Meanwhile, new health minister Orazio Schillaci issued a statement on Friday confirming the end of several existing measures, saying he “considers it appropriate to initiate a progressive return to normality in activities and behaviour”.

Workplace ban for unvaccinated medical staff

Schillaci confirmed that the ministry will allow doctors, nurses and other healthcare professionals to return to work after being suspended because they refuse to get vaccinated against Covid-19.

Those who refuse vaccination will be “reintegrated” into the workforce before the rule expires at the end of this year, as part of what the minister called a “gradual return to normality”.

They will be allowed to return “in light of the worrying shortage of medical and health personnel” and “considering the trend of Covid infections”, the statement said.

Fines issued to healthcare staff aged over 50 who refused vaccination would also be cancelled, it added.

There were some 1,579 doctors and dentists refusing vaccination at the end of October, representing 0.3 percent of all those registered with Italy’s National Federation of the Orders of Physicians, Surgeons and Dentists (Fnomceo) 

Daily Covid data reports

Schillaci also confirmed in the statement that the health ministry will no longer release daily updates on Covid-19 contagion rates, hospital cases and deaths, saying this would be replaced by a weekly update.

It said it would however make the data available at any time to relevant authorities.

Mask requirement in hospitals to stay?

The requirement to wear face masks in hospitals, care homes and other healthcare facilities expires on Monday, October 31st.

At a meeting on the same day the government is expected to decide whether to extend the measure.

READ ALSO: What can we expect from Italy’s new government?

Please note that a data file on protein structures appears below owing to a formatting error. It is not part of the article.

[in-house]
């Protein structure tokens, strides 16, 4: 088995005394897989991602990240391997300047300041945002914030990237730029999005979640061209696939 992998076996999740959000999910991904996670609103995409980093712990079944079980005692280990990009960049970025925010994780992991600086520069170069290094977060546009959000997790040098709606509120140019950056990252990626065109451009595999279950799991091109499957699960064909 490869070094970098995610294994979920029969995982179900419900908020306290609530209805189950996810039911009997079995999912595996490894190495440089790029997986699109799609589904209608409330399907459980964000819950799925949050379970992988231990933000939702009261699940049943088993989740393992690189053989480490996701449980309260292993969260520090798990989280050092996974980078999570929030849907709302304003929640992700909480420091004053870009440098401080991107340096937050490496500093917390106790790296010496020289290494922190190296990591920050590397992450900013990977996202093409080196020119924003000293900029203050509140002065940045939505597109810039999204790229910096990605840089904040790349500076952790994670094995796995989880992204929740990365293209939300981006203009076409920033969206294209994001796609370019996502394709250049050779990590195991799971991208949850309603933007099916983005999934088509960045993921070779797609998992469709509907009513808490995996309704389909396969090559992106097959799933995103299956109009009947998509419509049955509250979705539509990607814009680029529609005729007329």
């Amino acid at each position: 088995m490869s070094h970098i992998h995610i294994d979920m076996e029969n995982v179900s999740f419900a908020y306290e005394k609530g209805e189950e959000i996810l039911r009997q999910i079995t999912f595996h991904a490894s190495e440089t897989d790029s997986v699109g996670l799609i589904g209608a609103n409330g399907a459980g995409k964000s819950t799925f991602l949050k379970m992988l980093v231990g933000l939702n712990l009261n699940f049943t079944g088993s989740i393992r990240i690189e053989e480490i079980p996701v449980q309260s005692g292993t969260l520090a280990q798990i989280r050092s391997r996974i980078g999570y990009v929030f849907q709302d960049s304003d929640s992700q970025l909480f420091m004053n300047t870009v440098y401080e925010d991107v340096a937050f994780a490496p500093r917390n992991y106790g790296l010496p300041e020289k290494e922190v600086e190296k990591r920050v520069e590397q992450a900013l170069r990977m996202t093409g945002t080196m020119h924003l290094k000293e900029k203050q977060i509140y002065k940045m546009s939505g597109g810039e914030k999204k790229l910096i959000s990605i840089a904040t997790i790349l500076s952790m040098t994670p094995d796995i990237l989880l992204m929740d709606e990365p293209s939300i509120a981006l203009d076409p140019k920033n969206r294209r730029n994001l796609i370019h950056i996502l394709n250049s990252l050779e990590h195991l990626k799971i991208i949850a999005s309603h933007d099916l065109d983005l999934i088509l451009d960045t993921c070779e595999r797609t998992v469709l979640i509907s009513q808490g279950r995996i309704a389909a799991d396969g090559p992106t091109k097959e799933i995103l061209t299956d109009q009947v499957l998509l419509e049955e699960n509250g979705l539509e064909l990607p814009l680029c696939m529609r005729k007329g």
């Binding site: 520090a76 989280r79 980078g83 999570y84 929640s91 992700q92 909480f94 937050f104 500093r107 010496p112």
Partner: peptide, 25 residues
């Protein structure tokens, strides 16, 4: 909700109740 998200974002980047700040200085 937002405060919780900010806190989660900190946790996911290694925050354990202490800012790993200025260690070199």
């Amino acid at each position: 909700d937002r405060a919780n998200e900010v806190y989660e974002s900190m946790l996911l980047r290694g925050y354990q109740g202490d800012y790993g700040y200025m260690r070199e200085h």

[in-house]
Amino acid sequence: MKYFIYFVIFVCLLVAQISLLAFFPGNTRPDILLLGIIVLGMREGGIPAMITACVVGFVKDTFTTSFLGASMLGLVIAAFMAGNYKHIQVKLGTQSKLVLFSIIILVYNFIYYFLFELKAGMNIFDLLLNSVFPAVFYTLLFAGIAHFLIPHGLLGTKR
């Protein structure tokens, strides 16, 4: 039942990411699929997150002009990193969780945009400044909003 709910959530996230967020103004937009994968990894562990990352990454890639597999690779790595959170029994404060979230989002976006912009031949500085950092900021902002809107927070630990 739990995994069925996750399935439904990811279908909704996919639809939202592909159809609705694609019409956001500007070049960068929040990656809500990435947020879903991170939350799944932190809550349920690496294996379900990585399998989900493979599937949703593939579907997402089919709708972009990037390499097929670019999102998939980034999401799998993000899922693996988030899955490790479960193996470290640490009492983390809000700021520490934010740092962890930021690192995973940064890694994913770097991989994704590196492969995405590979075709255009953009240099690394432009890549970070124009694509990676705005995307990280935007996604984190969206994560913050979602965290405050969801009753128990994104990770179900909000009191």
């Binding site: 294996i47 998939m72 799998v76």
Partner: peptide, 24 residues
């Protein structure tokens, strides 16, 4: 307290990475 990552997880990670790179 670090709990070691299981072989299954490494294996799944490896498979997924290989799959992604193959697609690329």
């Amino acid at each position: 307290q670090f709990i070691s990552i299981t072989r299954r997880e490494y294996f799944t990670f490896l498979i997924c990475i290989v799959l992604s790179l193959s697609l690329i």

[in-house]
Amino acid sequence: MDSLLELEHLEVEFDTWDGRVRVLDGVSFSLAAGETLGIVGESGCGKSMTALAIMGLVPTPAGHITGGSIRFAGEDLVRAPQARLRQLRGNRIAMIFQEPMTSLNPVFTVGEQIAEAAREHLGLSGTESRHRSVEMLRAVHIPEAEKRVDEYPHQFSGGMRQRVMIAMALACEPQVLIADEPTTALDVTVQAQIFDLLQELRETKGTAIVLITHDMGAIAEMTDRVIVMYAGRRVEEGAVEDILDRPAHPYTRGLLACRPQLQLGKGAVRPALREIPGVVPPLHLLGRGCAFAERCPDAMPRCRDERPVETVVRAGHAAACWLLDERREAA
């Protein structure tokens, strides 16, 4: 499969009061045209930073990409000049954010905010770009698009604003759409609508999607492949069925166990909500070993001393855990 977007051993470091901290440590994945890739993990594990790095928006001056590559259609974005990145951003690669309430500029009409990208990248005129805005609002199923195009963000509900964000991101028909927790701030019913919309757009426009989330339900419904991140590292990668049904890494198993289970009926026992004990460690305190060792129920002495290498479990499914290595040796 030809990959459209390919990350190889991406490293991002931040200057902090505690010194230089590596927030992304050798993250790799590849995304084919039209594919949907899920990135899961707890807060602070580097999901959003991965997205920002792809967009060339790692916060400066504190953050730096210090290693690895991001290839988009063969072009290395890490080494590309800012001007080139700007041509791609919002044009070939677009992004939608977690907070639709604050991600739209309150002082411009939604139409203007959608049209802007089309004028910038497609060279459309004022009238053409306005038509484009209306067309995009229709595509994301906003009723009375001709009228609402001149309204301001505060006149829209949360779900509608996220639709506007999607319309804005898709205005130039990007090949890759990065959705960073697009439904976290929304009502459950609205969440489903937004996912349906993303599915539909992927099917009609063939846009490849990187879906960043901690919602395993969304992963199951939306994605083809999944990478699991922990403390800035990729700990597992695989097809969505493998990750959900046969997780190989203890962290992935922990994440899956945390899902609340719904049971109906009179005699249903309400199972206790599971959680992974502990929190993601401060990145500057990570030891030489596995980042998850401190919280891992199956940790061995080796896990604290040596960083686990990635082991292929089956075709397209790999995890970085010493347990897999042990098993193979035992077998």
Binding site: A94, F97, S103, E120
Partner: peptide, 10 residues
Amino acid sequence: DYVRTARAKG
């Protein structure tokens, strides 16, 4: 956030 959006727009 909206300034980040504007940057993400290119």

While the government had looked at scrapping the requirement, it reportedly changed stance at the last minute on Monday after facing heavy criticism from health experts.

Media reports published while the meeting was in progress on Monday said government sources had indicated the measure would in fact be extended.

Confirmation is expected to come later on Monday.

Italy’s face mask rules in care homes and healthcare facilities are up for renewal. Photo by Thierry ZOCCOLAN / AFP

‘Green pass’ health certificate

There is no indication that the new government plans to bring back any requirements to show a ‘green pass’: the digital certificate proving vaccination against or recent recovery from Covid, or a negative test result.

The pass is currently only required for entry to healthcare facilities and care homes, and this is expected to remain the case.

‘Dismantling the measures’

Some of the confirmed changes were strongly criticised by Italy’s most prominent healthcare experts.

Head of the Gimbe association for evidence-based medicine, Nino Cartabellotta, said the focus on cancelling fines for unvaccinated healthcare workers was “irrelevant from a health point of view .. but unscientific and highly diseducative”.

He told news agency Ansa it was “absolutely legitimate” for a new government to discontinue the previous administration’s measures, but that this “must also be used to improve everything that the previous government was unable to do”.

The government should prioritise “more analytical collection of data on hospitalised patients, investments in ventilation systems for enclosed rooms … accelerating coverage with vaccine boosters,” he said.

However, the plan at the moment appeared to be “a mere dismantling of the measures in place,” he said, “in the illusory attempt to consign the pandemic to oblivion, ignoring the recommendations of the international public health authorities”.